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Experimental Settings

Uranium-Loaded ADS Experiments

KUCA comprises two solid polyethylene-moderated thermal cores designated A and B and one water-moderated thermal core designated C. The A-core is mainly used for experiments of ADS basic research. The three cores are operated at a low mW power in the normal operating state; the maximum power is 100 W. The constitution and the configuration of the cores can be altered easily, and the coupling with the conventional Cockcroft-Walton type accelerator and with the FFAG accelerator has allowed conducting experiments separately with the use of 14 MeV neutrons from deuteron–tritium fusion reactions and 100 MeV protons with the heavy metal target, respectively.

Fig. 9.1 Top view of the configuration of the A-core in the accelerator-driven system (ADS) experiments with 100 MeV protons

Fig. 9.2 Side view of of 3/8P0036EU fuel assembly (F, Fig. 9.1) in the A-core

The A-core (Fig. 9.1) employed in the ADS experiments was essentially a thermal neutron system composed of a highly enriched uranium fuel and the polyethylene moderator/reflector. In the fuel region, a unit cell is composed of the highly enriched uranium fuel plate 1/16 in. thick and polyethylene plates 1/4 in. and 1/8 in. thick (Fig. 9.2). The SV assembly is composed of a

5.08 x 5.08 x 5.08 cm center void region, 32 fuel unit cells, and the polyethylene blocks. In these ADS experiments, three types of fuel rods designated as the normal, partial, and special fuel SV were employed. For reasons of the safety regulations for KUCA, the heavy metal target was located not at the center of the core but outside the critical assembly. As in the previous ADS experiments with 14 MeV neutrons,

Fig. 9.3 Top view of thorium-loaded ADS core with 100 MeV protons

the introduction of a neutron guide and a beam duct is requisite to lead the highenergy neutrons generated from the heavy metal target to the center of the core as much as possible. In the uranium-loaded ADS experiments, the proton beam parameters were 100 MeV energy, 0.01 nA intensity, 30 Hz pulsed frequency, 100 ns pulsed width, and 80-mm diameter spot size at the tungsten target (100 mm diameter and 9 mm thick). The level of the neutron yield generated at the target was around 1.0 x 106 1/s by the injection of 100 MeV protons onto the tungsten target.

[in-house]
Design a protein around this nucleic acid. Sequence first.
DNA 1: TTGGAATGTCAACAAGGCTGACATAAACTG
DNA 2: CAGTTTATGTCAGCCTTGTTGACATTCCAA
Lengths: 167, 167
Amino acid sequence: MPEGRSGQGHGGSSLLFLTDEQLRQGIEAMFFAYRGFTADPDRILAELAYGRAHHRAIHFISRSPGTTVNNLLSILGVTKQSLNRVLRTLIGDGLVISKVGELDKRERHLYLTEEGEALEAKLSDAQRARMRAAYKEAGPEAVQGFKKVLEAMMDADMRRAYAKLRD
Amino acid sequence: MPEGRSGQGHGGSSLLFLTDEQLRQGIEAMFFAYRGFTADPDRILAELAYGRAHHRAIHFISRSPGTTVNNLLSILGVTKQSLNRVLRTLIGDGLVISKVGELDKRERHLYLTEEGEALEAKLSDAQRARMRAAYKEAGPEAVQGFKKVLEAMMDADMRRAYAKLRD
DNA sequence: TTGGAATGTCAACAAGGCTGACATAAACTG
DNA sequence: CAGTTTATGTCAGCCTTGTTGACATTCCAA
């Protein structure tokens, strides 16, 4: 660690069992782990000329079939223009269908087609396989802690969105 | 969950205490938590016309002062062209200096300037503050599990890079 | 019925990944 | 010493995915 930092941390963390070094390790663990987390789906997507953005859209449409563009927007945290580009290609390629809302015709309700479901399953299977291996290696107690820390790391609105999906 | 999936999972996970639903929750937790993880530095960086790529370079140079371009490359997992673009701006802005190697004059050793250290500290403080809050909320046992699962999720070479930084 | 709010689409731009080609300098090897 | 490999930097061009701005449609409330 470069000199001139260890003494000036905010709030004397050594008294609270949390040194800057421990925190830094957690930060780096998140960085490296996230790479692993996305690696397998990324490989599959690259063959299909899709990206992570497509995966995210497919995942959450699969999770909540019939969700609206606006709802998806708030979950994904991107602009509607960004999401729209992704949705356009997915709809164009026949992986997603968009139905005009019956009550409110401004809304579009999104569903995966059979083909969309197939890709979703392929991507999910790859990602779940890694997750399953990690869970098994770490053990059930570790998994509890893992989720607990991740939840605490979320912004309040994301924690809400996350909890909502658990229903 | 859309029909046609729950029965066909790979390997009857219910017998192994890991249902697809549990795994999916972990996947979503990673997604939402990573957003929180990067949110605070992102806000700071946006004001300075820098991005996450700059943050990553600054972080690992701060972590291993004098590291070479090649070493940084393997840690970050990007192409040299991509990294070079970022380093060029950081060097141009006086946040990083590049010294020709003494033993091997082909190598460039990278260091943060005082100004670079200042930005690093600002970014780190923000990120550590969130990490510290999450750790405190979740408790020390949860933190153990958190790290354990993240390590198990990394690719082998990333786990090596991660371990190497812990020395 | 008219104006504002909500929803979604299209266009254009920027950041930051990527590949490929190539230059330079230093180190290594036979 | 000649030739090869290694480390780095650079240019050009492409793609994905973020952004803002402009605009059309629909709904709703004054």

Thorium-Loaded ADS Benchmarks

In the ADS with 100 MeV protons (Fig. 9.3), the fuel rod was composed of a thorium metal plate and a polyethylene (PE), graphite (Gr), or beryllium (Be) moderator arranged in the A-core. Other components were selected from HEU and natural uranium (NU; 2 x 2 x 1/8 in.) plates. The cores were composed of Th-PE (Fig. 9.4), Th-Gr, Th-Be, Th-HEU-PE, and NU-PE, according to a selection of moderator materials: PE, Gr, Be, HEU-PE, and NU-PE, respectively, and spallation neutrons were generated outside the core after injection onto the tungsten target. The thorium-loaded ADS experiments were conducted especially to investigate the relative influence of different neutron profiles on capture reactions of 232Th and 238U: the reaction of 238U was taken as reference data for evaluating the validity of 232Th capture cross sections.

Fig. 9.4 Side view of Th-PE fuel assembly (TP) in thorium-loaded ADS core in Fig. 9.3

The main parameters of the proton beams were 100 MeV energy, 0.3 nA intensity, 20 Hz pulsed frequency, 100 ns pulsed width, and 40-mm-diameter spot size at the tungsten target (50 mm diameter and 9 mm thick). The level of the neutron yield generated at the target was around 1.0 x 107 1/s by the injection of 100 MeV protons onto the tungsten target.

Prompt and delayed neutron behavior was monitored by placing three 3He

detectors (20 mm diameter and 300 mm long) at three locations. Throughout the time evolution of the prompt and delayed neutrons, the prompt neutron decay constant was deduced by least-squares fitting to an exponential function over the optimal duration. Subcriticality was deduced by the extrapolated area ratio method [13] on the basis of prompt and delayed neutron behaviors. For 100 MeV protons, neutron detectors (3He detectors: #1, #2, and #3) were set at three locations.

 
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